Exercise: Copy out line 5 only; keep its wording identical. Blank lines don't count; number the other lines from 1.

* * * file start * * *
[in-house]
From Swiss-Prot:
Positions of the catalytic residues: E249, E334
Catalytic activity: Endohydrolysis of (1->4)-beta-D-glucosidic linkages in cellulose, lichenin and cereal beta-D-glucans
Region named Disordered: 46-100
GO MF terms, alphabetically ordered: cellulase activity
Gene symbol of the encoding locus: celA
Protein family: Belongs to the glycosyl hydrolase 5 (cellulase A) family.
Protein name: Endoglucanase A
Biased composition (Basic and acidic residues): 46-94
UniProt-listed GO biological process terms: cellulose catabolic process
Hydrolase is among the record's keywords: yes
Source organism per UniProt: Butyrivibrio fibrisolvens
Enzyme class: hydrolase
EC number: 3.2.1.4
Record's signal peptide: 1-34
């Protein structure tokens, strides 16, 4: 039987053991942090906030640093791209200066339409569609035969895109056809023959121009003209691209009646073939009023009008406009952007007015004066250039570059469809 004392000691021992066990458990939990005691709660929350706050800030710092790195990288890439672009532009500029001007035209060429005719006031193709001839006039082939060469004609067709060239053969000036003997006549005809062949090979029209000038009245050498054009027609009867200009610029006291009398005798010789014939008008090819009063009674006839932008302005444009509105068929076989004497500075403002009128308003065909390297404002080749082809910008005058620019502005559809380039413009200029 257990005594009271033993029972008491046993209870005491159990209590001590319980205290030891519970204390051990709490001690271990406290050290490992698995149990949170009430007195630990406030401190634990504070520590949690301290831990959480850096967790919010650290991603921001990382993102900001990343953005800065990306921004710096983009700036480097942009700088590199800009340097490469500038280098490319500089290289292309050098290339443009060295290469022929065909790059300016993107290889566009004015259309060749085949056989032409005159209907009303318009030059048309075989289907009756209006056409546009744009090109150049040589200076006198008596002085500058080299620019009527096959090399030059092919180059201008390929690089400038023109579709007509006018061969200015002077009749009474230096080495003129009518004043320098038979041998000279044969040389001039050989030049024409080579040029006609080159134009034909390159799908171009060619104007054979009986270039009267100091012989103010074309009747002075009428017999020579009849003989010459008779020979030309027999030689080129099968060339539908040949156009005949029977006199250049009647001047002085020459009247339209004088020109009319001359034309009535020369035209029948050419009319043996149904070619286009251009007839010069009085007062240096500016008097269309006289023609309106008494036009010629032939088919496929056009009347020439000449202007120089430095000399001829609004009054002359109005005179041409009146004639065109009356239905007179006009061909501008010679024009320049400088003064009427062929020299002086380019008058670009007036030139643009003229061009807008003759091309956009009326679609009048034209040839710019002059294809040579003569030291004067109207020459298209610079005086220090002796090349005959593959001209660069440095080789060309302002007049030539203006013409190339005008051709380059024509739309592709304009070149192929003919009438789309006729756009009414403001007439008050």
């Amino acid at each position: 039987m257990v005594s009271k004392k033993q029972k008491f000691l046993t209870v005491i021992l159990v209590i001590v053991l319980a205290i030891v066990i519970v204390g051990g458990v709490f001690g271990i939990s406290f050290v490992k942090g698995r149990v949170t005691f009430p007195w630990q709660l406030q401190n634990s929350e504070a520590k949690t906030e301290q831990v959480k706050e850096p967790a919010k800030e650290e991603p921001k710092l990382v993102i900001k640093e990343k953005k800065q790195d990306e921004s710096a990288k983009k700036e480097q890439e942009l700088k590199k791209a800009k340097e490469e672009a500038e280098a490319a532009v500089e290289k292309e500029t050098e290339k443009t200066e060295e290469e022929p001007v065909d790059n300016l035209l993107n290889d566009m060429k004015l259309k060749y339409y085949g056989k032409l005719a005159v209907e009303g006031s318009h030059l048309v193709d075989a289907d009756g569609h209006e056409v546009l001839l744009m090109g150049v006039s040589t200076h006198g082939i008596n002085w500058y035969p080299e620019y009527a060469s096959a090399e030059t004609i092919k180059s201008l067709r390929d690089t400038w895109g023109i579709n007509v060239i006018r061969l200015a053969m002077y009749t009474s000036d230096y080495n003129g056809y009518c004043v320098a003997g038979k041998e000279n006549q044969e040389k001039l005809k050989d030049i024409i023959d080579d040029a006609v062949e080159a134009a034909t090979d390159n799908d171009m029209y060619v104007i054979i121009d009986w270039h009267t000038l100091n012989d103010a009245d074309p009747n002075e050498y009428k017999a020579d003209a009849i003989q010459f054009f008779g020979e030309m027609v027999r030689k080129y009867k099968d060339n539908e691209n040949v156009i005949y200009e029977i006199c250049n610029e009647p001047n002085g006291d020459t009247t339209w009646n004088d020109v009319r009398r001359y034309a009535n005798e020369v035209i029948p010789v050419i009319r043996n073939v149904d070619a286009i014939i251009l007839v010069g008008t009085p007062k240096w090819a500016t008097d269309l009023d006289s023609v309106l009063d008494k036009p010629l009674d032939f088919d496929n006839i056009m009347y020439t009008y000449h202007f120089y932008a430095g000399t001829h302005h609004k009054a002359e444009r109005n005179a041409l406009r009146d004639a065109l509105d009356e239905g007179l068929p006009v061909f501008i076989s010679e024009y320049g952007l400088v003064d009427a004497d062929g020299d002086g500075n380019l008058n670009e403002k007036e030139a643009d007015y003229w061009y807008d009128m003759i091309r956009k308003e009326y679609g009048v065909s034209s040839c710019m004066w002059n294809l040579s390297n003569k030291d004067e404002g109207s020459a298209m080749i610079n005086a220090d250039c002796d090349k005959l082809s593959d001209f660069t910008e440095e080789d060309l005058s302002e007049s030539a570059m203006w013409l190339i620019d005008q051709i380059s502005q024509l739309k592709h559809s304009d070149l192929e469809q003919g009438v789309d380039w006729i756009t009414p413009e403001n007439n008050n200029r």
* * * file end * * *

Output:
Region named Disordered: 46-100